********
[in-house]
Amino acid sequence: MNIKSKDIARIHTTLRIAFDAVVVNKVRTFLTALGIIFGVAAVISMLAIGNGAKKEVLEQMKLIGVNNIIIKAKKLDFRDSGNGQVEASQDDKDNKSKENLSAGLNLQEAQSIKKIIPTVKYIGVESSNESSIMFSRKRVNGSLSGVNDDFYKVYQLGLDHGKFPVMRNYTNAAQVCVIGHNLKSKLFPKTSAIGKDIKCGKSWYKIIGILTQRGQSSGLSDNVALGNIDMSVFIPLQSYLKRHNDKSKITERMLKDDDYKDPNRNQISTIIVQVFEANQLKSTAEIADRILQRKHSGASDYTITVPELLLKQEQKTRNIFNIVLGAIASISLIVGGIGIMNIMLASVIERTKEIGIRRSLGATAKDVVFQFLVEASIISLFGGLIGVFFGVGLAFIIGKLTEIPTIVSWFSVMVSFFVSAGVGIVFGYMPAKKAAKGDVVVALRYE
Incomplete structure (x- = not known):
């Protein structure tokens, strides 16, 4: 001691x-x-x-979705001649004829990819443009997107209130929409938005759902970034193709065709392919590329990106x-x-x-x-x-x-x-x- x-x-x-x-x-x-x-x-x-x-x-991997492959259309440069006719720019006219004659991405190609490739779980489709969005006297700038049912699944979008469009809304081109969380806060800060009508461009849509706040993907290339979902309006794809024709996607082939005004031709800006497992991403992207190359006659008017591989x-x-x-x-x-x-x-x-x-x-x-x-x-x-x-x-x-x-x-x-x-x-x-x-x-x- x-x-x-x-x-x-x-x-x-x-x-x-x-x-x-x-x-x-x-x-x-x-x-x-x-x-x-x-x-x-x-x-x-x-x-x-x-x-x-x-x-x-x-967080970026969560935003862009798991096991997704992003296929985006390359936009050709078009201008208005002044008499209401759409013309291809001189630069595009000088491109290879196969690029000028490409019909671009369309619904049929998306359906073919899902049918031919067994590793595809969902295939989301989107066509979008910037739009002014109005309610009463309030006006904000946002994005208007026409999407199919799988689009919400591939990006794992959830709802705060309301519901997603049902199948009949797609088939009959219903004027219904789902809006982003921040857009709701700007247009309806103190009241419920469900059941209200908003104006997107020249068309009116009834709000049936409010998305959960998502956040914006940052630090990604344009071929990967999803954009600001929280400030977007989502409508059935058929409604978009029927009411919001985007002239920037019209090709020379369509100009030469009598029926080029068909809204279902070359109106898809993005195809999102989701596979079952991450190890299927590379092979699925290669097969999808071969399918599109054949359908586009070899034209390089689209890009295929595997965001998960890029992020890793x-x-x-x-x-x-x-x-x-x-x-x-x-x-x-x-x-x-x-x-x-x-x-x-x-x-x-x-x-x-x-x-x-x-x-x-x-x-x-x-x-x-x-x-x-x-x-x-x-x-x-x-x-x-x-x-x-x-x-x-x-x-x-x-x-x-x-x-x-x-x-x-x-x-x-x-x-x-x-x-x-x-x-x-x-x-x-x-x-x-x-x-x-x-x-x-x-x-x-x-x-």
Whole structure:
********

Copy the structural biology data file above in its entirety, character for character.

[in-house]
Amino acid sequence: MNIKSKDIARIHTTLRIAFDAVVVNKVRTFLTALGIIFGVAAVISMLAIGNGAKKEVLEQMKLIGVNNIIIKAKKLDFRDSGNGQVEASQDDKDNKSKENLSAGLNLQEAQSIKKIIPTVKYIGVESSNESSIMFSRKRVNGSLSGVNDDFYKVYQLGLDHGKFPVMRNYTNAAQVCVIGHNLKSKLFPKTSAIGKDIKCGKSWYKIIGILTQRGQSSGLSDNVALGNIDMSVFIPLQSYLKRHNDKSKITERMLKDDDYKDPNRNQISTIIVQVFEANQLKSTAEIADRILQRKHSGASDYTITVPELLLKQEQKTRNIFNIVLGAIASISLIVGGIGIMNIMLASVIERTKEIGIRRSLGATAKDVVFQFLVEASIISLFGGLIGVFFGVGLAFIIGKLTEIPTIVSWFSVMVSFFVSAGVGIVFGYMPAKKAAKGDVVVALRYE
Incomplete structure (x- = not known):
């Protein structure tokens, strides 16, 4: 001691x-x-x-979705001649004829990819443009997107209130929409938005759902970034193709065709392919590329990106x-x-x-x-x-x-x-x- x-x-x-x-x-x-x-x-x-x-x-991997492959259309440069006719720019006219004659991405190609490739779980489709969005006297700038049912699944979008469009809304081109969380806060800060009508461009849509706040993907290339979902309006794809024709996607082939005004031709800006497992991403992207190359006659008017591989x-x-x-x-x-x-x-x-x-x-x-x-x-x-x-x-x-x-x-x-x-x-x-x-x-x- x-x-x-x-x-x-x-x-x-x-x-x-x-x-x-x-x-x-x-x-x-x-x-x-x-x-x-x-x-x-x-x-x-x-x-x-x-x-x-x-x-x-x-967080970026969560935003862009798991096991997704992003296929985006390359936009050709078009201008208005002044008499209401759409013309291809001189630069595009000088491109290879196969690029000028490409019909671009369309619904049929998306359906073919899902049918031919067994590793595809969902295939989301989107066509979008910037739009002014109005309610009463309030006006904000946002994005208007026409999407199919799988689009919400591939990006794992959830709802705060309301519901997603049902199948009949797609088939009959219903004027219904789902809006982003921040857009709701700007247009309806103190009241419920469900059941209200908003104006997107020249068309009116009834709000049936409010998305959960998502956040914006940052630090990604344009071929990967999803954009600001929280400030977007989502409508059935058929409604978009029927009411919001985007002239920037019209090709020379369509100009030469009598029926080029068909809204279902070359109106898809993005195809999102989701596979079952991450190890299927590379092979699925290669097969999808071969399918599109054949359908586009070899034209390089689209890009295929595997965001998960890029992020890793x-x-x-x-x-x-x-x-x-x-x-x-x-x-x-x-x-x-x-x-x-x-x-x-x-x-x-x-x-x-x-x-x-x-x-x-x-x-x-x-x-x-x-x-x-x-x-x-x-x-x-x-x-x-x-x-x-x-x-x-x-x-x-x-x-x-x-x-x-x-x-x-x-x-x-x-x-x-x-x-x-x-x-x-x-x-x-x-x-x-x-x-x-x-x-x-x-x-x-x-x-």
Whole structure: